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Nourishing children’s wellbeing

Supporting children through creatively exploring our connections with seasonal change

Schools for all Seasons: Nature noticing. Image Credit: Neal Megaw

This case study is about Schools for All Seasons, a project across schools in Cornwall, which explored how creativity and seasonal change can support children’s wellbeing in the wake of the COVID-19 pandemic. Written and led by Real Ideas.

This is one of 25 case studies highlighting the value of arts in schools and education settings, curated by arts education researcher Sarah B Davies. The suite of case studies illustrates the research The Arts In Schools: Foundations for the Future, by Pauline Tambling and Sally Bacon, due to be published in 2023.

About the project

It is widely accepted that the lockdowns during the COVID-19 pandemic and subsequent school closures had a profound impact on the wellbeing of children and young people.

In response to this, the Schools for all Seasons project took place between March 2022 and September 2022, delivered by Real Ideas, funded by The National Lottery on behalf of Headstart Kernow and Cornwall Council. 10 Primary schools and 2 SEN Units from across Cornwall worked with artists to explore new approaches to wellbeing and resilience. Using nature, observance of seasonal change, creativity, and trauma-informed approaches the children and teachers used music, cooking, writing and visual art to find moments within the school day to reflect and connect with their community. With a CPD programme delivered by artists for teachers, and trauma-informed training for artists delivering the programme, Cornwall Council invested in a creative workforce, building unique resources to be shared beyond the project with other schools.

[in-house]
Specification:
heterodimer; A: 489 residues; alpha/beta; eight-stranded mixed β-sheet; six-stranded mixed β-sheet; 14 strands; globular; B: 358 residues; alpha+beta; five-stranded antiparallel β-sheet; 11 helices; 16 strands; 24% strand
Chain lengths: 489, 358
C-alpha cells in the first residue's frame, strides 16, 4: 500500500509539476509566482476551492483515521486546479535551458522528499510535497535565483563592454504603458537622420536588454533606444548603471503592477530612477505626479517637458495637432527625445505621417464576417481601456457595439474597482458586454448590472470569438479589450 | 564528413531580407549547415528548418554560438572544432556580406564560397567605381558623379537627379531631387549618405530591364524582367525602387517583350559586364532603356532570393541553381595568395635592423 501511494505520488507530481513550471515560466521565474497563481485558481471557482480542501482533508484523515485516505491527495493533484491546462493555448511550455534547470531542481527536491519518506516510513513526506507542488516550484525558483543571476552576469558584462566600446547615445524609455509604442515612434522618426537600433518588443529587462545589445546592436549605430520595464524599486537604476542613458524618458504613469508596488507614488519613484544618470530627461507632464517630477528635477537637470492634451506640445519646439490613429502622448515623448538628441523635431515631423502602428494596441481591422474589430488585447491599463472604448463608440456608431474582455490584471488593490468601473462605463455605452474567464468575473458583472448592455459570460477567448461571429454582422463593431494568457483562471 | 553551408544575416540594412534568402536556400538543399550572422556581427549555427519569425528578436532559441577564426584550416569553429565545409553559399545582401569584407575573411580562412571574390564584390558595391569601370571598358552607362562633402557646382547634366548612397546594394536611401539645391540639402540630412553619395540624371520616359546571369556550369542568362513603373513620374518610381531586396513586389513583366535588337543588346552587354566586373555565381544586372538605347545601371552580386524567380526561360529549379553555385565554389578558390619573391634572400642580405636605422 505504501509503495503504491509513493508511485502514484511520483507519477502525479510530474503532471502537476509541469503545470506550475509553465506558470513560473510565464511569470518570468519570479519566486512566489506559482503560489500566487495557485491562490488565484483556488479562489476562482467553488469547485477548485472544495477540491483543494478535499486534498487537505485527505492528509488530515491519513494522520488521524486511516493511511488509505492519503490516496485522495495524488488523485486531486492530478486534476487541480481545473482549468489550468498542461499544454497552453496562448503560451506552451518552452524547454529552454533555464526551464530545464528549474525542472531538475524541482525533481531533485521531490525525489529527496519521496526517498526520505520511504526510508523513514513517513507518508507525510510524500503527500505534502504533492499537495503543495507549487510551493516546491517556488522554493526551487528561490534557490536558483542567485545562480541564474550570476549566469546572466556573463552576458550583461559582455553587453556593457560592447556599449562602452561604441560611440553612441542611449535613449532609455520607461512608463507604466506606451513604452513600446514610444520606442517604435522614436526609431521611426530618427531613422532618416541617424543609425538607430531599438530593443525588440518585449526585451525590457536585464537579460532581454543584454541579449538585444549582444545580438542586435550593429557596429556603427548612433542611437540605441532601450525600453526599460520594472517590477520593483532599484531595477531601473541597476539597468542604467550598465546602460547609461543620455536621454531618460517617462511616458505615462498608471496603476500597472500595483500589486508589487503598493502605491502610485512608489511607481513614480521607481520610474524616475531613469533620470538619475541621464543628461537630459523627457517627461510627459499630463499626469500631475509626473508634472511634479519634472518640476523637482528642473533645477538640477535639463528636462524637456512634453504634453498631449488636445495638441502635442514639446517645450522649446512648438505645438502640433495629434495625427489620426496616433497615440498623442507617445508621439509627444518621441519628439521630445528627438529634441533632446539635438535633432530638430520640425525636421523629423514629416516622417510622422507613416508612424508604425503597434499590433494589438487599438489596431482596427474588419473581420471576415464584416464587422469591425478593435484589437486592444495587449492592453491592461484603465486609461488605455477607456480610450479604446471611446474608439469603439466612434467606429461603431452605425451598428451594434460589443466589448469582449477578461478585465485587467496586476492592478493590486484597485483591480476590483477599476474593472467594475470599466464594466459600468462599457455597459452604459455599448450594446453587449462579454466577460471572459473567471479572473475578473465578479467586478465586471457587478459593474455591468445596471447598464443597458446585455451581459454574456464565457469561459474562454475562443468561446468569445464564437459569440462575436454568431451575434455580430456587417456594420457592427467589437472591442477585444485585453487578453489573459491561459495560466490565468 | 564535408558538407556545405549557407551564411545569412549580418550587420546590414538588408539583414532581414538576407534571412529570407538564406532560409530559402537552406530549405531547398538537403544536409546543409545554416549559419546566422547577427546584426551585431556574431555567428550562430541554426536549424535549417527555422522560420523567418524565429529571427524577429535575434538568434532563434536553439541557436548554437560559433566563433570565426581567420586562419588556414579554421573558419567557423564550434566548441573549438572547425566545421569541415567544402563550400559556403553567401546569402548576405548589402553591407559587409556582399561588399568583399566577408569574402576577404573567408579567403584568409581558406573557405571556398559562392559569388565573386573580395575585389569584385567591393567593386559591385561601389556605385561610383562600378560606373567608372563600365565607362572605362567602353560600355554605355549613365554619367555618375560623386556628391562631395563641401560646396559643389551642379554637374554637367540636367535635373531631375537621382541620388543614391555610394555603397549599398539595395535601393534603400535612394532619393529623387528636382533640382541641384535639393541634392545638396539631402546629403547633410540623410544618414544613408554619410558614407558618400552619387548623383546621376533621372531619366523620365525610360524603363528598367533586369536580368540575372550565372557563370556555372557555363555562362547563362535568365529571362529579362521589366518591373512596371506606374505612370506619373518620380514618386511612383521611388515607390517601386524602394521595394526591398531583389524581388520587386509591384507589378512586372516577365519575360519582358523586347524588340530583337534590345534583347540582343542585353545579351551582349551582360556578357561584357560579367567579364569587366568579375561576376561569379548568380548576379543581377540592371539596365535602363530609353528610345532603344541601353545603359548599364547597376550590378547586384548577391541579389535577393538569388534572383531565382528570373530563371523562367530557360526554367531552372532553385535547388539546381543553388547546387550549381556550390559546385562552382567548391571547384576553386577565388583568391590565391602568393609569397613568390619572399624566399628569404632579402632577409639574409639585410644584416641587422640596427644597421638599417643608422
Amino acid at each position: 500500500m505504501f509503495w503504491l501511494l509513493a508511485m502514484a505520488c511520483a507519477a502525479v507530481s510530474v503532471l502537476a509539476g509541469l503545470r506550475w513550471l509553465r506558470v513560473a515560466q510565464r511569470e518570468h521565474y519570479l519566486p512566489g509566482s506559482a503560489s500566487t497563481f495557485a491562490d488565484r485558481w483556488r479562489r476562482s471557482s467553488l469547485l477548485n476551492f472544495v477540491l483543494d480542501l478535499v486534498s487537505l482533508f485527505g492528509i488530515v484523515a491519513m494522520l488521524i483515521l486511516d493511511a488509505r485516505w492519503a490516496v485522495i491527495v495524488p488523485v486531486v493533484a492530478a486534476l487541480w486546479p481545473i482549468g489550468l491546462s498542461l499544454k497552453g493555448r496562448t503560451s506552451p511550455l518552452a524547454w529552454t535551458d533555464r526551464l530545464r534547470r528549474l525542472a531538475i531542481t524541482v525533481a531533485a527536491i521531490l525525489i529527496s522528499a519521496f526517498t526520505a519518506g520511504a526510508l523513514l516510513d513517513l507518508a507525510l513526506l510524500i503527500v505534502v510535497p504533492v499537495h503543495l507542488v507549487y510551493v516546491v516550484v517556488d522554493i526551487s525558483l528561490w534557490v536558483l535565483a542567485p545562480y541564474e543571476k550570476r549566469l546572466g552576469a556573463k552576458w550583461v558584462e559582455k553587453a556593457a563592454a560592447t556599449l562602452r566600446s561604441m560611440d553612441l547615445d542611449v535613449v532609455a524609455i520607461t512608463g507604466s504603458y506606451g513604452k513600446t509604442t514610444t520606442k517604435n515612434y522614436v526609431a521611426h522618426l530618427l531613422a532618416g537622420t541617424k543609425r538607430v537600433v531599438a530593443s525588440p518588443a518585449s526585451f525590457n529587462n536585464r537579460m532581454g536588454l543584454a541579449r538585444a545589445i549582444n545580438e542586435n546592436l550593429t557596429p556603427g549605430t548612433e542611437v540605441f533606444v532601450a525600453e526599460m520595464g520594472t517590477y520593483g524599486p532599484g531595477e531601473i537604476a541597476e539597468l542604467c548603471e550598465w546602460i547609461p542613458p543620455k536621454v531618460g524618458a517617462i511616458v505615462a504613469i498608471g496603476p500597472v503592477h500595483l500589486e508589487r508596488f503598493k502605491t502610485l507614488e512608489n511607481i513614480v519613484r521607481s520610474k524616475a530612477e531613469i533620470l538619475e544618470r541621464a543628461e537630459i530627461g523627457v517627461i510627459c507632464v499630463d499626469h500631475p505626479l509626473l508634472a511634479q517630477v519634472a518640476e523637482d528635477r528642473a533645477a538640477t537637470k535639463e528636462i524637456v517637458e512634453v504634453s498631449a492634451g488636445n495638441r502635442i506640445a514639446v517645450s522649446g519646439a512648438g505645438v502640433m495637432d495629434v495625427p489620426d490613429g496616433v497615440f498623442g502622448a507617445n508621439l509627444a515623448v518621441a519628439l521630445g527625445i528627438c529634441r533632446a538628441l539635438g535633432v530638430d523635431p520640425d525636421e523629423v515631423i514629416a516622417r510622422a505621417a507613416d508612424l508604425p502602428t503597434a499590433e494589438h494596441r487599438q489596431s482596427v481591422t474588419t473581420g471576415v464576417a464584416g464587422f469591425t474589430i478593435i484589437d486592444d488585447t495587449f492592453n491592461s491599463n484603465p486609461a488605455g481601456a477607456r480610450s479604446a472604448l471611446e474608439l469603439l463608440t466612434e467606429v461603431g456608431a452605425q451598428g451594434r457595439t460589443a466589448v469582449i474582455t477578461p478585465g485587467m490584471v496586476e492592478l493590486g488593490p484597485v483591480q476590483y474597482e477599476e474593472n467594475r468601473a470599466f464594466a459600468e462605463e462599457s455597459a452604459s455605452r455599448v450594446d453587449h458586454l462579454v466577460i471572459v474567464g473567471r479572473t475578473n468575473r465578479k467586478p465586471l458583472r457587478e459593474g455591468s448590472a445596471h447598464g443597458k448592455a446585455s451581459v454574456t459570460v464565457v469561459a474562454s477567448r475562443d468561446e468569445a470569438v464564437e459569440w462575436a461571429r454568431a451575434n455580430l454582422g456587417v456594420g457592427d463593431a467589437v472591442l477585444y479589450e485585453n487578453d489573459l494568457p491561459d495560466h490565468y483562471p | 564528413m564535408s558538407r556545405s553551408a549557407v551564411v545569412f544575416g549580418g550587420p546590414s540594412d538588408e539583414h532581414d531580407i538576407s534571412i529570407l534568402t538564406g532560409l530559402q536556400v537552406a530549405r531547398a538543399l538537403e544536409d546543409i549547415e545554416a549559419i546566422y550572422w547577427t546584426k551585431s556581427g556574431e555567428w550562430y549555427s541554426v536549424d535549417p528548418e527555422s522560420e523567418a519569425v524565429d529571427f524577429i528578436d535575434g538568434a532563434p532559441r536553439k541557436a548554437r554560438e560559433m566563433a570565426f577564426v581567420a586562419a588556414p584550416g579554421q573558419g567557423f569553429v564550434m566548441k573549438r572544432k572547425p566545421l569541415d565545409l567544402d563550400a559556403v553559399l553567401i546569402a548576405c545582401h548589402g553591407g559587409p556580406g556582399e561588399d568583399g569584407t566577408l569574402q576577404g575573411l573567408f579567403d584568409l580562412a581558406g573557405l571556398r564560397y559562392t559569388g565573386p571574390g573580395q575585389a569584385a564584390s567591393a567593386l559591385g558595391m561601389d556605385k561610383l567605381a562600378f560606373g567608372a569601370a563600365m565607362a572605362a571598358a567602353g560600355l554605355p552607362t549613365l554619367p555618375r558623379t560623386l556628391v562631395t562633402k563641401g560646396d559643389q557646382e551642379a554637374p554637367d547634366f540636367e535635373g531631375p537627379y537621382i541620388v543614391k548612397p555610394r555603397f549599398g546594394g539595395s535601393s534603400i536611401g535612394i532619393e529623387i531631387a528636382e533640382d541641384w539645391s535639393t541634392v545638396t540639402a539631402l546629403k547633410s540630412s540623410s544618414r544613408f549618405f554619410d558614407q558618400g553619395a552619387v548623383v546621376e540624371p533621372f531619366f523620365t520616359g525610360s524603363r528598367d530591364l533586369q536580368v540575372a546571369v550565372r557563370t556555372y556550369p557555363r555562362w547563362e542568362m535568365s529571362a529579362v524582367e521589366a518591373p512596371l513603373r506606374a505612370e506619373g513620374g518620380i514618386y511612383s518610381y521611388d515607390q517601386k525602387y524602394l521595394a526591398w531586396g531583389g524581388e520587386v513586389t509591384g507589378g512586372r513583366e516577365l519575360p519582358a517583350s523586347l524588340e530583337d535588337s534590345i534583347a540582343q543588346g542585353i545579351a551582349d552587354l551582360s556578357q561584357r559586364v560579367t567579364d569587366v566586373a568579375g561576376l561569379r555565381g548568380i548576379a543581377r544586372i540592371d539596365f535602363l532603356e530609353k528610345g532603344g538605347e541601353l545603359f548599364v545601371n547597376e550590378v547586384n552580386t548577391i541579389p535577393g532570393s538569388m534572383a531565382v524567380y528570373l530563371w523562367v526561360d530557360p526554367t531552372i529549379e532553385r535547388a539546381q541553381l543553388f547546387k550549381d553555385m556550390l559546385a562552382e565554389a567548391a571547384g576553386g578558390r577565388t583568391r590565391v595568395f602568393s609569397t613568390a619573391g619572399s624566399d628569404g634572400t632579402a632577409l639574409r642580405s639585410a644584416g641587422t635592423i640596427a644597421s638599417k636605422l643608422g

What worked well

The project worked within the context of very rural schools, building experiences and resources that could be shared digitally and revisited seasonally.

Where the impact of the Covid-19 pandemic had eroded children’s confidence and communication skills, the project developed bite-sized ideas that could be returned to, working through limited capacity to concentrate now back in classrooms for many children. Artist involvement and experience in high quality delivery was key to the confidence of both children and staff, underpinned with training specifically to ensure schools and artists understood the complexity of a trauma-informed approach to creative learning and activity.

Every Schools for All Seasons lead staff member involved felt that the project highlighted and ‘gave permission’ for time to be spent outdoors, using creativity and the arts as a catalyst for wellbeing and mental health at a desperate point in time for children.

Artist involvement and experience in high quality delivery was key to building the confidence of both children and staff and was underpinned with training specifically to ensure schools and artists understood the complexity of a trauma-informed approach to creative learning and activity.

“We had our feast day today and I have to say, that it was the absolute best day of my entire teaching career, and I cannot wait to do the project next year all the way through the seasons. I loved every second of the day…Thank you so much for having us be part of your fabulous project! The Writers Block CPD we did inspired me so much, I’ve bought a notebook and have started poetry. That was also the best CPD I’ve ever done.” (Teacher, Trewirgie Junior School, Schools for All Seasons participant)